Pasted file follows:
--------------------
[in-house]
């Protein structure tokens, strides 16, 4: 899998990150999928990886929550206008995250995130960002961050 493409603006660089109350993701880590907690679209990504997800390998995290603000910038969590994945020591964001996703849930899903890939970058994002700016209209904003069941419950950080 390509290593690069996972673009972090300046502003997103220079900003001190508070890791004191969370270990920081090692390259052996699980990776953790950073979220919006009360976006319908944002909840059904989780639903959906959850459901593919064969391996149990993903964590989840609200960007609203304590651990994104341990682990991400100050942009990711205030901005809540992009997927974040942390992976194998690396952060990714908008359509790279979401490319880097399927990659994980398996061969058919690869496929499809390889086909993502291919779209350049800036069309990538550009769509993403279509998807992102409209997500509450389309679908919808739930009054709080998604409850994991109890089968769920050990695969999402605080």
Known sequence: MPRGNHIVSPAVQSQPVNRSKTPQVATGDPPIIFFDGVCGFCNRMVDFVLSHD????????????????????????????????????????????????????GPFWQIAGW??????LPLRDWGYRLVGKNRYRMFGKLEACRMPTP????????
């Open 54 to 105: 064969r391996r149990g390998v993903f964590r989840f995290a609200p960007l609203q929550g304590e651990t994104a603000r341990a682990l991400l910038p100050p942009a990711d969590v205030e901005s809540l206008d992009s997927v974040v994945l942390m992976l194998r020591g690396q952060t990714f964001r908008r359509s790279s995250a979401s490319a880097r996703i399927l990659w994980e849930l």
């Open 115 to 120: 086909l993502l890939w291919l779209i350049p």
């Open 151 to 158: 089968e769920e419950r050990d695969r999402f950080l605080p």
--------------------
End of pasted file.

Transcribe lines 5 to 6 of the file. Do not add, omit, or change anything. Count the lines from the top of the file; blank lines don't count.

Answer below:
């Open 115 to 120: 086909l993502l890939w291919l779209i350049p």
């Open 151 to 158: 089968e769920e419950r050990d695969r999402f950080l605080p």